The approach to treating breast cancer has undergone significant evolution in recent decades. Management has moved from broadly applied therapies to more tailored, patient-specific treatments, greatly improving outcomes. However, like all therapeutic interventions, they come with potential side effects.
One particularly concerning sequela associated with breast cancer surgery is lymphedema. Lymphedema often results from an axillary lymph node dissection (ALND). It can be a debilitating condition characterized by arm swelling, discomfort, limited function and recurrent infections. Some women have stated that getting lymphedema was worse than the breast cancer. Therefore, lymphedema prevention is paramount, not only for the patient's quality of life but also for their overall health and well-being.
Shifting the Paradigm: Less Can Be More
The best way to avoid lymphedema is to prevent excessive lymph node removal. Sentinel lymph node biopsy (SLNB) has been the standard of care for axillary staging in early-stage invasive breast cancer, providing accurate nodal assessment with reduced morbidity compared to an ALND. Traditionally, patients with positive sentinel nodes underwent ALND. However, there has been a shift toward a more conservative strategy. Key studies like the ACOSOG Z0011 trial and AMAROS have shown that for select patients with early-stage breast cancer and limited nodal involvement, sentinel lymph node biopsy (SLNB) alone, without a subsequent ALND, is sufficient without compromising survival.
Similarly, a clinically node-positive breast cancer diagnosis once led directly to an ALND. However, findings from trials such as ACOSOG Z1071 and SENTINA have demonstrated the potential of neoadjuvant chemotherapy to downstage the axilla. Patients who respond to systemic treatment and no longer have clinically positive nodes may undergo an SLNB or targeted axillary node dissection to assess for residual nodal disease. If the sampled nodes show no signs of residual disease, a full ALND becomes unnecessary. This progression towards de-escalating axillary surgery spares patients from unnecessary extensive nodal clearance, particularly when chemotherapy has effectively eradicated nodal metastasis. In these cases, radiation alone may be adequate treatment and is associated with lower rates of lymphedema.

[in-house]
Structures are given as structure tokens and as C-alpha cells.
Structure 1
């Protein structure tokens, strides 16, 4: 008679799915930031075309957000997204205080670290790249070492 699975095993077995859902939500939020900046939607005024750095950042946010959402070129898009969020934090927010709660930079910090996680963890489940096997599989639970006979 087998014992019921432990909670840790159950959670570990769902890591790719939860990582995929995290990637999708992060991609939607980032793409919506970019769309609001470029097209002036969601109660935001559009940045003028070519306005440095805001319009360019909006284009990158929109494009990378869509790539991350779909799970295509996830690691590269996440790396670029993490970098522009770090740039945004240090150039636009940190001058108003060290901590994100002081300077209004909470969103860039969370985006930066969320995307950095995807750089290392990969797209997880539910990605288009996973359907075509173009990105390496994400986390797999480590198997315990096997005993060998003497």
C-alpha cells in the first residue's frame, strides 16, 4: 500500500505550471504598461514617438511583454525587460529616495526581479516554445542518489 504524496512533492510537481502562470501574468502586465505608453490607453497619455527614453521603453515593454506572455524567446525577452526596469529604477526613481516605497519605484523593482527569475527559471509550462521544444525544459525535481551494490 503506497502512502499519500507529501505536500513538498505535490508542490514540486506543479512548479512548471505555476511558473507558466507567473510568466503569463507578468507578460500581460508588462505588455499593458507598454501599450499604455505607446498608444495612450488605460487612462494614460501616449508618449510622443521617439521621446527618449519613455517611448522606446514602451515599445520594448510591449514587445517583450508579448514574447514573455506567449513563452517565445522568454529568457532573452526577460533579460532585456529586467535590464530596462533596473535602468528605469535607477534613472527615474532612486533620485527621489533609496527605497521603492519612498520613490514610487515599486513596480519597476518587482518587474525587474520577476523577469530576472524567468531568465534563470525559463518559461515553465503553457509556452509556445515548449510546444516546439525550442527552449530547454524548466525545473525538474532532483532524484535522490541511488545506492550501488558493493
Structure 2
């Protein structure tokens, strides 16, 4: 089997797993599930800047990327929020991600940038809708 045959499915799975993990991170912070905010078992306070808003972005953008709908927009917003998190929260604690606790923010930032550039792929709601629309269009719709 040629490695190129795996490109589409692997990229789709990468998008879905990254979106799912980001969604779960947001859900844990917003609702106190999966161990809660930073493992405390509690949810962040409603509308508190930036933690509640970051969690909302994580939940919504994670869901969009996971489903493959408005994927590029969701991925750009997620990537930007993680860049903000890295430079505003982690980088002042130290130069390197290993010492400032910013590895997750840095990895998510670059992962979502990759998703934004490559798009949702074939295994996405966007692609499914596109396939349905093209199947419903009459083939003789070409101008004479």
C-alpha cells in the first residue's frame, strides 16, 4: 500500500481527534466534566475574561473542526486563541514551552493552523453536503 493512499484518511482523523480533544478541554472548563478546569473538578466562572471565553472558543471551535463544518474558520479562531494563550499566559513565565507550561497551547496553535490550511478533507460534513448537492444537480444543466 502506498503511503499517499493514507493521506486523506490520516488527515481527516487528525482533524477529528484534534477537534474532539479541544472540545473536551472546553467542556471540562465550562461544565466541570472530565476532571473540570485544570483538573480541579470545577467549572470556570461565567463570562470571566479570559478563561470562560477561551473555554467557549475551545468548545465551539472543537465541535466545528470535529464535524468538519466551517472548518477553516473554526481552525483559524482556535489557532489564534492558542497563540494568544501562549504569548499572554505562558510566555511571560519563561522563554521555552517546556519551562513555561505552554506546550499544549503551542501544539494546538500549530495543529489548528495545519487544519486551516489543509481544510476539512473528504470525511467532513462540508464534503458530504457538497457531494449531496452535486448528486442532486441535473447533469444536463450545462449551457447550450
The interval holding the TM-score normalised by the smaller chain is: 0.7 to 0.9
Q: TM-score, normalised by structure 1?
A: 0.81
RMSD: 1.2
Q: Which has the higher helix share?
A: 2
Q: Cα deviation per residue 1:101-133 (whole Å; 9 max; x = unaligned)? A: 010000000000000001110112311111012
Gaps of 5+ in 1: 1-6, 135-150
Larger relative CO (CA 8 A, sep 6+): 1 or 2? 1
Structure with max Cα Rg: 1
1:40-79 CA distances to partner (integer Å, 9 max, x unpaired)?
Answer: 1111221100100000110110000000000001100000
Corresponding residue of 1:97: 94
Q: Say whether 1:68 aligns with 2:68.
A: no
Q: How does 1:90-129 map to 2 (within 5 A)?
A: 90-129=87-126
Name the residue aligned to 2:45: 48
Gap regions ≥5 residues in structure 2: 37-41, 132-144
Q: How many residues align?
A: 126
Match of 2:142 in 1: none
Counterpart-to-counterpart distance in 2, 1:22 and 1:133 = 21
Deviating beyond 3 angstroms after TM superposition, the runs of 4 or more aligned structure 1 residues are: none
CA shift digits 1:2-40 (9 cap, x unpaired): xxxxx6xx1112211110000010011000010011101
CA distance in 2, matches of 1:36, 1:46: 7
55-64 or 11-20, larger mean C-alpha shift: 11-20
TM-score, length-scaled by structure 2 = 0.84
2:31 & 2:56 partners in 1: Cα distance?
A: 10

Numerous research initiatives, including those from our team, have been directed toward refining clinical assessment tools for axillary de-escalation. Using large cancer datasets for predictive modeling and employing genomic analyses can help determine which patients are prime candidates for more conservative axillary strategies.
Improving Axillary Decision-Making: Delayed Sentinel Node Biopsy
Another relatively novel approach to conserving lymph nodes is the implementation of delayed SLNB. Ductal carcinoma in situ (DCIS) is a non-invasive form of breast cancer and, as such, typically does not require axillary staging procedures. However, patients undergoing a mastectomy for DCIS may have occult invasive carcinoma identified on final pathology. This situation can present a dilemma, as performing an SLNB may not be feasible following a mastectomy due to the absence of breast tissue for tracer injection.
Recognizing the possibility of an upgrade and the associated staging difficulties that could be introduced, surgeons frequently conduct an SLNB preemptively during mastectomy for DCIS. However, given that only approximately 20% of DCIS cases upgrade to invasive carcinoma, this preemptive strategy exposes the majority of patients to unnecessary potential complications, including pain, surgical site infection, arm mobility issues and potential lymphedema.